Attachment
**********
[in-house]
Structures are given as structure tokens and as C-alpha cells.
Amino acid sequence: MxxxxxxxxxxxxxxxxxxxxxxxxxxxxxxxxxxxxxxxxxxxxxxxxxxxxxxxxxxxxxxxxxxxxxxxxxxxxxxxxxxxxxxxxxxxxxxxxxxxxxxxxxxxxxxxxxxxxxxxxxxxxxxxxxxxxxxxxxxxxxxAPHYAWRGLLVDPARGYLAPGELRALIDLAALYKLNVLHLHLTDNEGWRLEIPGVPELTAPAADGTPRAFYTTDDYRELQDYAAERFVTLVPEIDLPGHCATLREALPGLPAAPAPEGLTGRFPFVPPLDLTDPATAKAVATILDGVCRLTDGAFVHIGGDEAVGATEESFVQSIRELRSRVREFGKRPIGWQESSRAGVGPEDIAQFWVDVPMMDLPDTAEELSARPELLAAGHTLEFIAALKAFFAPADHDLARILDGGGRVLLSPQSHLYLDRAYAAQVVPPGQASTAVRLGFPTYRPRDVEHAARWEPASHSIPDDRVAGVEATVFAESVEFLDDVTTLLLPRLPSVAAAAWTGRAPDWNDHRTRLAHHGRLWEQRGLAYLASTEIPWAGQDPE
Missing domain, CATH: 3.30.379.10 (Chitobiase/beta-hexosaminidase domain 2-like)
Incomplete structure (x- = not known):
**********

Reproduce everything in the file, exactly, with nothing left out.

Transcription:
[in-house]
Structures are given as structure tokens and as C-alpha cells.
Amino acid sequence: MxxxxxxxxxxxxxxxxxxxxxxxxxxxxxxxxxxxxxxxxxxxxxxxxxxxxxxxxxxxxxxxxxxxxxxxxxxxxxxxxxxxxxxxxxxxxxxxxxxxxxxxxxxxxxxxxxxxxxxxxxxxxxxxxxxxxxxxxxxxxxxAPHYAWRGLLVDPARGYLAPGELRALIDLAALYKLNVLHLHLTDNEGWRLEIPGVPELTAPAADGTPRAFYTTDDYRELQDYAAERFVTLVPEIDLPGHCATLREALPGLPAAPAPEGLTGRFPFVPPLDLTDPATAKAVATILDGVCRLTDGAFVHIGGDEAVGATEESFVQSIRELRSRVREFGKRPIGWQESSRAGVGPEDIAQFWVDVPMMDLPDTAEELSARPELLAAGHTLEFIAALKAFFAPADHDLARILDGGGRVLLSPQSHLYLDRAYAAQVVPPGQASTAVRLGFPTYRPRDVEHAARWEPASHSIPDDRVAGVEATVFAESVEFLDDVTTLLLPRLPSVAAAAWTGRAPDWNDHRTRLAHHGRLWEQRGLAYLASTEIPWAGQDPE
Missing domain, CATH: 3.30.379.10 (Chitobiase/beta-hexosaminidase domain 2-like)
Incomplete structure (x- = not known):